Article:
What do anarchists want? Can anarchy ever function effectively as a political force? Is anarchism more 'organized' and 'reasonable' than is currently perceived? Colin Ward explains what anarchism means and who anarchists are in this illuminating and accessible introduction to the subject.
Leofranc Holford-Strevens explores time measurement and the organisation of time into hours, days, months and years using a range of fascinating examples from Ancient Rome and Julius Caesar's Leap Year, to the 1920s' project for a fixed Easter.
Hieroglyphs were far more than a language. They were an omnipresent and all-powerful force in communicating the messages of ancient Egyptian culture for over three thousand years. This work explores the cultural significance of the script and looks at areas such as cryptography and the decipherment into modern times.
Addresses question such as: how did Darwin use fossils to support his theory of evolution? What are 'living fossils'? Building on the scientific aspects, this book places fossils in a human context, highlighting their impact on philosophy, mythology, our concept of time, and popular culture. It provides an explanation of fossils as a phenomenon.
An account of the history of the doctrine and practice of democracy, from ancient Greece and Rome through the American, French, and Russian revolutions, and of the usages and practices associated with it in the modern world. This book argues that democracy is a necessary, but not a sufficient condition for good governance.
In simple language, without mathematics, this book explains the strange and exciting ideas that make the subatomic world so different from the world of the every day. It offers the general reader access to one of the greatest discoveries in the history of physics and one of the oustanding intellectual achievements of the twentieth century.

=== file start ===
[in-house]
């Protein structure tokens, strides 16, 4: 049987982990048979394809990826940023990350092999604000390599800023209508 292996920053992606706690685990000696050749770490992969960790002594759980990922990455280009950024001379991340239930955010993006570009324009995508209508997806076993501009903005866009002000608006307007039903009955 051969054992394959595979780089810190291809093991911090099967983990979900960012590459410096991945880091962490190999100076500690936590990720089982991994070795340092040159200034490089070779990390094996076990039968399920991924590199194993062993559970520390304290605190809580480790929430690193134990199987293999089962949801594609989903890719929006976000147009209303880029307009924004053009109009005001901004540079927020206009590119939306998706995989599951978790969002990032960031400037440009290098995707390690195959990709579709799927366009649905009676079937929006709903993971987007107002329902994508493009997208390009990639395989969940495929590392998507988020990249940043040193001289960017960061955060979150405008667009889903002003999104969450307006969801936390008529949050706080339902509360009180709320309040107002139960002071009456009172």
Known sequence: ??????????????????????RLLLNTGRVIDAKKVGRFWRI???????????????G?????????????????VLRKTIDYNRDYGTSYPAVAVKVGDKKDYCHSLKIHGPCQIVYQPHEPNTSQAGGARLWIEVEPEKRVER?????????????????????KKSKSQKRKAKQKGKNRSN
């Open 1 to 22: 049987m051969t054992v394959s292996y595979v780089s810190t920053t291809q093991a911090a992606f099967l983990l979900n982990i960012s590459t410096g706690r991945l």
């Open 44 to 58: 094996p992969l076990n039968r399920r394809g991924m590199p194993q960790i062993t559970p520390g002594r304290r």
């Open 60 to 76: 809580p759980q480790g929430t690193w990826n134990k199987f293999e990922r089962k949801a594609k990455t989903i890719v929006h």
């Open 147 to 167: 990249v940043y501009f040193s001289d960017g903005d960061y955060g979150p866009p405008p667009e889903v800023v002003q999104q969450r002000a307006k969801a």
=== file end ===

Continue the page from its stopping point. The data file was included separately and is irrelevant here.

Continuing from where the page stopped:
Interest in citizenship has never been higher. But what does it mean to be a citizen in a modern, complex community? Richard Bellamy approaches the subject of citizenship from a political perspective and, in clear and accessible language, addresses the complexities behind this highly topical issue.
Explores the range of media employed by both Dada and Surrealism, whilst at the same time establishing the aesthetic differences between the movements. This book also examines the Dadaist obsession with the body-as-mechanism in relation to the Surrealists' return to the fetishized/eroticized body.
The Celts have long been a subject of enormous fascination, speculation, and misunderstanding. This title seeks to reveal this fascinating people, exploring subjects such as trade, migration, and the evolution of Celtic traditions, and examining such characters as St Patrick, Cu Chulainn, and Boudica.
Do you think of atheists as immoral pessimists who live their lives without meaning, purpose, or values? Think again! Atheism: A Very Short Introduction sets out to dispel the myths that surround atheism and show how a life without religious belief can be positive, meaningful, and moral.
Sartre, Nietzsche, Heidegger, Kierkegaard, de Beauvoir, Merleau-Ponty, and Camus were some of the most important existentialist thinkers. This book provides an account of the existentialist movement, and of the themes of individuality, free will, and personal responsibility which make it a 'philosophy as a way of life'.
What is socialism? Does it have a future, or has it become an outdated ideology in the 21st century? Michael Newman examines and explains the successes and failures of modern socialism, taking an international perspective, and discussing its evolution from the 19th century to the present day.
Racism exists in many different forms, in almost every facet of society. This book demystifies the subject and explores its history, science, and culture. Shedding light on how racism has evolved since its earliest beginnings, it examines the notion of race from a modern genetic viewpoint.